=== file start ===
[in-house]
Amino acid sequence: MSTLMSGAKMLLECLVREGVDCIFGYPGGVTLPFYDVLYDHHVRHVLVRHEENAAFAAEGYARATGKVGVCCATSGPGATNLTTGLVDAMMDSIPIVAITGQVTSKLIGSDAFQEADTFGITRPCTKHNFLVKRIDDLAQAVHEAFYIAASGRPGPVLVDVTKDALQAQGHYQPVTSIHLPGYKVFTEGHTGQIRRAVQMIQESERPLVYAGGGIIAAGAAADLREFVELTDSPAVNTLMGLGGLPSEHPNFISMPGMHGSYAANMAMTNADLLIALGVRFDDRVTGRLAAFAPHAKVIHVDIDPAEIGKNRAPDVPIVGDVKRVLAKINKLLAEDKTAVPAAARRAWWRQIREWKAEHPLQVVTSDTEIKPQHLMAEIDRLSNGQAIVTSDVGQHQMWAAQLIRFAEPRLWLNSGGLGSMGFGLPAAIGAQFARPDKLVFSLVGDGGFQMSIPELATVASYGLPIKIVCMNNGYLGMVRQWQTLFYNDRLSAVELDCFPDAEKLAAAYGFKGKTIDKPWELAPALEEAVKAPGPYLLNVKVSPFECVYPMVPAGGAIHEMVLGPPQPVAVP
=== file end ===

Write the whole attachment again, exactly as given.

[in-house]
Amino acid sequence: MSTLMSGAKMLLECLVREGVDCIFGYPGGVTLPFYDVLYDHHVRHVLVRHEENAAFAAEGYARATGKVGVCCATSGPGATNLTTGLVDAMMDSIPIVAITGQVTSKLIGSDAFQEADTFGITRPCTKHNFLVKRIDDLAQAVHEAFYIAASGRPGPVLVDVTKDALQAQGHYQPVTSIHLPGYKVFTEGHTGQIRRAVQMIQESERPLVYAGGGIIAAGAAADLREFVELTDSPAVNTLMGLGGLPSEHPNFISMPGMHGSYAANMAMTNADLLIALGVRFDDRVTGRLAAFAPHAKVIHVDIDPAEIGKNRAPDVPIVGDVKRVLAKINKLLAEDKTAVPAAARRAWWRQIREWKAEHPLQVVTSDTEIKPQHLMAEIDRLSNGQAIVTSDVGQHQMWAAQLIRFAEPRLWLNSGGLGSMGFGLPAAIGAQFARPDKLVFSLVGDGGFQMSIPELATVASYGLPIKIVCMNNGYLGMVRQWQTLFYNDRLSAVELDCFPDAEKLAAAYGFKGKTIDKPWELAPALEEAVKAPGPYLLNVKVSPFECVYPMVPAGGAIHEMVLGPPQPVAVP